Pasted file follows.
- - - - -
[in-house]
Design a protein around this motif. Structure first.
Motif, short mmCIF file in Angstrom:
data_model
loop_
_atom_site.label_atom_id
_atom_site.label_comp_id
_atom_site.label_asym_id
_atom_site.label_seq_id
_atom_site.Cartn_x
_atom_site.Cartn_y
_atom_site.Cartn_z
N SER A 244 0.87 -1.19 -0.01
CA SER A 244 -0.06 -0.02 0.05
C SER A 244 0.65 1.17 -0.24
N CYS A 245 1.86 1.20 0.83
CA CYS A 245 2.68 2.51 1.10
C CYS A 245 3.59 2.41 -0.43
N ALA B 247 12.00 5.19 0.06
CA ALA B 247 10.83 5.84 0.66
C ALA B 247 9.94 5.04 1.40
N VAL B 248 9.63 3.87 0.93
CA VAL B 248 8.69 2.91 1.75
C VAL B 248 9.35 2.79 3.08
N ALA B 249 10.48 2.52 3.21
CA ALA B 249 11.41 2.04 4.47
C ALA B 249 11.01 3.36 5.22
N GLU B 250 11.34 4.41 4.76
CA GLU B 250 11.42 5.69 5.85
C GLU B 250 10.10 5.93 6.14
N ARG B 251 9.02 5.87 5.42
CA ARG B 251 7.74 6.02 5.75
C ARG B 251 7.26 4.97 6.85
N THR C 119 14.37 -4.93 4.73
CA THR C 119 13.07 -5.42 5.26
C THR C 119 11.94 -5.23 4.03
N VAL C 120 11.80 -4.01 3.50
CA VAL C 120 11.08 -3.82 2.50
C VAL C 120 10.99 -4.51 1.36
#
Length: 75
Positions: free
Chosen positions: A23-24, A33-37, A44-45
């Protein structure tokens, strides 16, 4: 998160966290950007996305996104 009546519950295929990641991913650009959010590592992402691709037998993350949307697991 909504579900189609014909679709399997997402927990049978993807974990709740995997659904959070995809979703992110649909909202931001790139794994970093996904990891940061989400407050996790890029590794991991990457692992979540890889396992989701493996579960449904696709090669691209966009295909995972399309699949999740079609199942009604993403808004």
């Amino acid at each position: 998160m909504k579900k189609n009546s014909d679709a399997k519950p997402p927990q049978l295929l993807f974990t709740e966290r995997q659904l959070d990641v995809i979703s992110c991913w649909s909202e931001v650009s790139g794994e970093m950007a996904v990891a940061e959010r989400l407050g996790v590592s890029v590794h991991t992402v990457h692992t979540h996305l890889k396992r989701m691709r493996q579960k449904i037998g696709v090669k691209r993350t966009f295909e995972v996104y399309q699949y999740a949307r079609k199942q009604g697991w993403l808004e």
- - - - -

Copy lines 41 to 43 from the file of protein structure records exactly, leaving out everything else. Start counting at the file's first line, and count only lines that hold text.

Length: 75
Positions: free
Chosen positions: A23-24, A33-37, A44-45